SALT - Thursday, 23 Elul 5777 - September 14, 2017

  • Rav David Silverberg
            The Mabit (Rav Moshe of Trani), in his Beit Elokim (Sha’ar Ha-teshuva, chapter 6), raises the important question as to the status of a sinner’s genuine repentance if he later repeats the offense.  Very often, we sincerely regret and confess our wrongdoing, and commit ourselves to never repeat the sinful act, but at some later point we find ourselves breaking our commitment and violating the transgression again.  Does this retroactively render the repentance meaningless, demonstrating that the commitment was not sincere?  Or, was the repentance sufficient to achieve atonement for the misdeed, and the repetition of the act is viewed as a new, separate offense?
 
            The Mabit writes unequivocally that one who sincerely repents and makes a wholehearted commitment to avoid the transgression in the future achieves full atonement even if he later repeats the violation.  He draws proof from a famous passage in the Gemara (Ta’anit 16a) which compares repentance to immersion in a mikveh.  The Gemara comments that if a person confesses without repenting – meaning, he confesses to having acted wrongly, but does not resolve to avoid the misdeed in the future – then he is like a person immersing in a mikveh while holding a carcass that transmits tum’a.  No matter how many times this person immerses, he will not divest himself of his impure status until he throws away the carcass.  Likewise, if a person does not resolve to change his conduct, his confession is meaningless, and he does not earn atonement.  But once a person genuinely repents, the Gemara writes, he is considered as having thrown away the carcass and then immersed, such that his immersion is effective.  The Mabit notes that if we extend the Gemara’s analogy further, we can compare one who repeats his offense after sincere repentance to one who comes in contact with a carcass a second time after having attained purity through immersion.  Clearly, in such a case, the person is deemed impure not retroactively from the time of his initial handling of a carcass, but only from the moment he touched a carcass the second time.  By the same token, the Mabit writes, one who genuinely repented and then repeats the offense is considered as having sinned anew, and his repentance for the initial transgression is still deemed effective in achieving atonement.
 
            One may, at least at first glance, question the Mabit’s attempt to prove his stance from the Gemara’s analogy.  The argument for retroactively disqualifying a sinner’s repentance after he repeats the offense is rooted in the fact that the second offense perhaps reflects a fundamental deficiency in the initial repentance.  Once the offender repeated the sin after allegedly repenting, we must conclude that his repentance was not wholehearted and sincere, and thus is retroactively deemed meaningless.  This person immersed – he confessed – but did not actually throw away the carcass.  How, then, could the Mabit draw a comparison between a repeated offense after repentance and contact with impurity after immersion?  How does the Gemara’s comment prove that the repeated offense does not undermine the value of the initial repentance?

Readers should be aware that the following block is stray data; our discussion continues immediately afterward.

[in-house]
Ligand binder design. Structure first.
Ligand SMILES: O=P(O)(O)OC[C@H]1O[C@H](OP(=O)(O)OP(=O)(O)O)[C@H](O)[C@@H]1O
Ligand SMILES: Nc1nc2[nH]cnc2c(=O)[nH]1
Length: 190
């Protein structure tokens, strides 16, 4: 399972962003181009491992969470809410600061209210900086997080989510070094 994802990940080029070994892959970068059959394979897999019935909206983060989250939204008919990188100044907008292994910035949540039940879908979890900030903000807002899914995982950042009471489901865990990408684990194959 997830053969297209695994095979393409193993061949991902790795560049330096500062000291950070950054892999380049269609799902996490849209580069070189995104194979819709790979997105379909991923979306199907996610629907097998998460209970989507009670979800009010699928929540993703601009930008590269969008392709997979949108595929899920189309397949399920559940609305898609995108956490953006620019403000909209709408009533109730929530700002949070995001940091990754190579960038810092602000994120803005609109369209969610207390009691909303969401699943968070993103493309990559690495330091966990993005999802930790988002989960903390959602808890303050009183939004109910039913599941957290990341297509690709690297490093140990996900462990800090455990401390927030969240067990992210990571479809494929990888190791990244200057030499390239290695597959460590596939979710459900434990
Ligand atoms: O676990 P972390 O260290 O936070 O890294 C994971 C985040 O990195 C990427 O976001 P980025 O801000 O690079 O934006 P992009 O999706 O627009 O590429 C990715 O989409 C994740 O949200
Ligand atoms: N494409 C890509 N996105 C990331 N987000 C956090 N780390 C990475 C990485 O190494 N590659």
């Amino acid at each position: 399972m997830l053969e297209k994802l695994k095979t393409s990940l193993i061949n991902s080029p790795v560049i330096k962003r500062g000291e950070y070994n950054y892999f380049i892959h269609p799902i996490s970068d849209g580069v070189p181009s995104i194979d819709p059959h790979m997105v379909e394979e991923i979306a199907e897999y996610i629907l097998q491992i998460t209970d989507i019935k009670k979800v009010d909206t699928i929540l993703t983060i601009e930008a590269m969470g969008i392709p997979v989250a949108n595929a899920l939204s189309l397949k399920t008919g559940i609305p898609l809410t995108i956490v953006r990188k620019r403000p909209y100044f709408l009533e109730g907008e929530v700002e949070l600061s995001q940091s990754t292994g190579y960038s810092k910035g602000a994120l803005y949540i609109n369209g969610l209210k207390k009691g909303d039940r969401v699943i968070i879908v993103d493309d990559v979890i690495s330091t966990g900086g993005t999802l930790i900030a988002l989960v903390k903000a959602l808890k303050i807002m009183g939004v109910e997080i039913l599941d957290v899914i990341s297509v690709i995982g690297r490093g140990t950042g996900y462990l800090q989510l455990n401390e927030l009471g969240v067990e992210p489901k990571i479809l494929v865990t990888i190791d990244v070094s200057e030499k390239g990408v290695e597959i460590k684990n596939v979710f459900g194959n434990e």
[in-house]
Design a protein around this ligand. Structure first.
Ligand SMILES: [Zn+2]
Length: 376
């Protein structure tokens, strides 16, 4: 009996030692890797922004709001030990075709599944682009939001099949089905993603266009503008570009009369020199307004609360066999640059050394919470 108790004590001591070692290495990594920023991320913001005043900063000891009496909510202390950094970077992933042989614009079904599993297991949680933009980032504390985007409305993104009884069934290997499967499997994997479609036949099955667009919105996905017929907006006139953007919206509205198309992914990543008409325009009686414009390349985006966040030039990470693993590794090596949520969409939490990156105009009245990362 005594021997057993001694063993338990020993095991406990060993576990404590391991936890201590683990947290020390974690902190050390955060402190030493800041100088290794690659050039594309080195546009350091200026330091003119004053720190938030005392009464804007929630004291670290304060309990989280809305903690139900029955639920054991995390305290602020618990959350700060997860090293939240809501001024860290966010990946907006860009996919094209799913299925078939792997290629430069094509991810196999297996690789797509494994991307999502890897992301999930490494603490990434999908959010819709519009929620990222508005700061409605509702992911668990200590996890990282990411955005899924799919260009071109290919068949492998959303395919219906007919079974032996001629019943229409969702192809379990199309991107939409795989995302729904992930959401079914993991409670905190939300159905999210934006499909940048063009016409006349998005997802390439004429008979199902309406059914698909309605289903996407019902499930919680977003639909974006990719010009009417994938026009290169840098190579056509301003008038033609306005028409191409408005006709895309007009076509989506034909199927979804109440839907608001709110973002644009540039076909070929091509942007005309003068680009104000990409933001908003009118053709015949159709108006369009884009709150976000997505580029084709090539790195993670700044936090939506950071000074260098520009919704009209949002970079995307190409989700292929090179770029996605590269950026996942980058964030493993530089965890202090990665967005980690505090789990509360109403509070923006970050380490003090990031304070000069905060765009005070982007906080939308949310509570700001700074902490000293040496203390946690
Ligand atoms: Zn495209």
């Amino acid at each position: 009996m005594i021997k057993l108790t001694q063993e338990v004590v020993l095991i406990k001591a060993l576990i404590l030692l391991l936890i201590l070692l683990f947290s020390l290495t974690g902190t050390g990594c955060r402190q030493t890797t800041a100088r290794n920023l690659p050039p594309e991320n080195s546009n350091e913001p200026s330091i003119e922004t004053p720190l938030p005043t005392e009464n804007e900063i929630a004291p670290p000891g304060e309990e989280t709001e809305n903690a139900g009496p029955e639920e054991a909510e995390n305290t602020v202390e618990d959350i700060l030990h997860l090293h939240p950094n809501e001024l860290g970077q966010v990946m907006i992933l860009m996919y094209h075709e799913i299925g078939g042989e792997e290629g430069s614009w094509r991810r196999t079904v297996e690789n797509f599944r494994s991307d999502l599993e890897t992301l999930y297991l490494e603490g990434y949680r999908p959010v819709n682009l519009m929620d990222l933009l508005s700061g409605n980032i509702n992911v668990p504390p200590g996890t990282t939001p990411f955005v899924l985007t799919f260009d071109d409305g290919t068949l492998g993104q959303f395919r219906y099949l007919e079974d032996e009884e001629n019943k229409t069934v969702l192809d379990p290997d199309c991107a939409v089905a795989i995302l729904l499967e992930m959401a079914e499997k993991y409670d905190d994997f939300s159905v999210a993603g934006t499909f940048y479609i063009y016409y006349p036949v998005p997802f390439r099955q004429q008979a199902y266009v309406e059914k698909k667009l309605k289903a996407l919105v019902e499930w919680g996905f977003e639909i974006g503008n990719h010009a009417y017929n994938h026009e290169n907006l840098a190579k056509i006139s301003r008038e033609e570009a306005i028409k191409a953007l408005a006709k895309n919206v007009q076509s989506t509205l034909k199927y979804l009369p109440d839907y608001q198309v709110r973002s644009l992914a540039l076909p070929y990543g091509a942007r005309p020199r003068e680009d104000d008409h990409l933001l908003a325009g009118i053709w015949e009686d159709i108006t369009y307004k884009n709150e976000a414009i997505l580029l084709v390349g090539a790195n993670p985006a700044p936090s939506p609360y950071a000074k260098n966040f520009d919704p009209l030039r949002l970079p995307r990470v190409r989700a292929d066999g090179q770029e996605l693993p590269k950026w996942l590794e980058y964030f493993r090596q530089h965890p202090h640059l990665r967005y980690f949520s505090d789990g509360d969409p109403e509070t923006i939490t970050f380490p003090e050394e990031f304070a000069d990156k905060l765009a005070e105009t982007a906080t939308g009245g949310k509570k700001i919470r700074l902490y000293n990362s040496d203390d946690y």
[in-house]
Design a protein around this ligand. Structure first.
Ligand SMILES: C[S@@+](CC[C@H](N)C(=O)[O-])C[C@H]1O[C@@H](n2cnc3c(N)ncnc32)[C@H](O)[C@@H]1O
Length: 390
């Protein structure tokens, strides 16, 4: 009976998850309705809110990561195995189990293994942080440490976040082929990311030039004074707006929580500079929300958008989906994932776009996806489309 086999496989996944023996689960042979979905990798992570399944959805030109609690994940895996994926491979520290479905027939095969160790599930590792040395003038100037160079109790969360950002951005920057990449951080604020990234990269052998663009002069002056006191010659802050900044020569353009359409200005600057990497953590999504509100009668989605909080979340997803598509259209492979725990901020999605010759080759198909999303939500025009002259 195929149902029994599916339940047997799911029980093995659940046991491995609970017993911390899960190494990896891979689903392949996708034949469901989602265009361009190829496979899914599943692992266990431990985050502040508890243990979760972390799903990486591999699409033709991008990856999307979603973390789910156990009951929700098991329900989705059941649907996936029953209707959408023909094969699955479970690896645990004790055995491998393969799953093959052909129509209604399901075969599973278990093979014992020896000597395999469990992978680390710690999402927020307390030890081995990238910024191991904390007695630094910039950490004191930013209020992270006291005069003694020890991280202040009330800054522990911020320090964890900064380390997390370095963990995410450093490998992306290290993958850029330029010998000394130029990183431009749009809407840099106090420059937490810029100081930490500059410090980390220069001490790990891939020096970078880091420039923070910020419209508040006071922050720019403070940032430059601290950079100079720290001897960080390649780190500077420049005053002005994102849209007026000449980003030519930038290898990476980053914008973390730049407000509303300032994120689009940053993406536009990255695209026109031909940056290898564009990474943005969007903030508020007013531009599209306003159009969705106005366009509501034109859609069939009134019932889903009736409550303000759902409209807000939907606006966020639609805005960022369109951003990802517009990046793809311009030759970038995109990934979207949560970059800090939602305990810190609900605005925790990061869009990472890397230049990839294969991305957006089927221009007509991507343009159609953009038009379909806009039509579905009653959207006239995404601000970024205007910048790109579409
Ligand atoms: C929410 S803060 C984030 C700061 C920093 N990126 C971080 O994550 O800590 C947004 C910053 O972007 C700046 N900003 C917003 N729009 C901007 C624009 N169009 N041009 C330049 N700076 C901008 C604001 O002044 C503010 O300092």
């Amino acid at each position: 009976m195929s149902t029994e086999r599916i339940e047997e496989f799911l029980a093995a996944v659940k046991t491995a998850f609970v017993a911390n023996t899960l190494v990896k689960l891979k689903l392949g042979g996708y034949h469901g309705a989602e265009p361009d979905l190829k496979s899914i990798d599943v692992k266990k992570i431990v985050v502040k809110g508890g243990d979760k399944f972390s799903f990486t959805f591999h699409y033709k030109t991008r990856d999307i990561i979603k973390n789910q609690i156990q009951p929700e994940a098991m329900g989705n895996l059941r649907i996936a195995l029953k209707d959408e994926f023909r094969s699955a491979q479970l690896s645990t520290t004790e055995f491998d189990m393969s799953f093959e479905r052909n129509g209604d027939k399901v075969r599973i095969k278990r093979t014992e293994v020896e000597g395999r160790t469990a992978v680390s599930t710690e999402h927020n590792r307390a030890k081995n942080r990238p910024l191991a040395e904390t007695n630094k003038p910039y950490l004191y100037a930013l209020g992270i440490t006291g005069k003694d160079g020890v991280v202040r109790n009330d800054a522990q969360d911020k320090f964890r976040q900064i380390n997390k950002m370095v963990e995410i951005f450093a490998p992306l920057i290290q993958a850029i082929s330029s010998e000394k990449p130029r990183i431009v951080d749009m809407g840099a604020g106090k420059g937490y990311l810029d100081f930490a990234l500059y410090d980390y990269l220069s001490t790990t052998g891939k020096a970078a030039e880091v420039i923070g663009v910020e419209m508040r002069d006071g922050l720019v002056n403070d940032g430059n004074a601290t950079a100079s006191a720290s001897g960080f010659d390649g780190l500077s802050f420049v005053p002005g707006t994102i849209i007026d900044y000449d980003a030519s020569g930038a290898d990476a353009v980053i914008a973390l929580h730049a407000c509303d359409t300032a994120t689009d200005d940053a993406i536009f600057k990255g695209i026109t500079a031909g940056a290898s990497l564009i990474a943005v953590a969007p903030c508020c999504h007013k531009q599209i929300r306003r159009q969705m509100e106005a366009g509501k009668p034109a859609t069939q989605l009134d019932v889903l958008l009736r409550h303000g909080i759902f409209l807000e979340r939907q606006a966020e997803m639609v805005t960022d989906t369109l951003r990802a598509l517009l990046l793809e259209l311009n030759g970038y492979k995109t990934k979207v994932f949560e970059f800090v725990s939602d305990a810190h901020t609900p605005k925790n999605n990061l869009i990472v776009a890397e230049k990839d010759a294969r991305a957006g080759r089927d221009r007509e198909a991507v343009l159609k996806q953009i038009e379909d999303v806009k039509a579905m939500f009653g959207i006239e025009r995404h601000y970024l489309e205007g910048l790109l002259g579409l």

The answer is found in Rashi’s comments to the Gemara’s discussion, which the Mabit in fact cites in this context.  Explaining the Gemara’s reference to the case of a sinner who confesses but does not repent, Rashi gives the example of a thief who confesses but does not return the stolen goods.  The process of repentance includes repairing the damage done by the sin, whenever this is possible.  Confessing a sin without taking measures to reverse the damage is akin to immersing while still holding onto the carcass, and is this ineffective and valueless.  However, the Mabit notes, in other instances, where there is not any tangible damage caused by one’s sin which he could repair, all that could be expected is the genuine desire not to repeat the offense.  Rashi gave the specific example of a thief because when it comes to sins which have no tangible damage to repair, sincere regret and resolve qualify as “throwing away the carcass,” such that the “immersion” – the repentance – is valid.  The fact that Rashi resorted to this particular example – of a thief who confesses but keeps the stolen goods – demonstrates that otherwise, when there is no practical rectification to be made, sincere remorse qualifies as ridding oneself of his “impurity,” and the “immersion” is thus valid even if the “impurity” resurfaces subsequently through the repetition of the forbidden act.
 
            Tomorrow we will iy”H discuss the Mabit’s position further.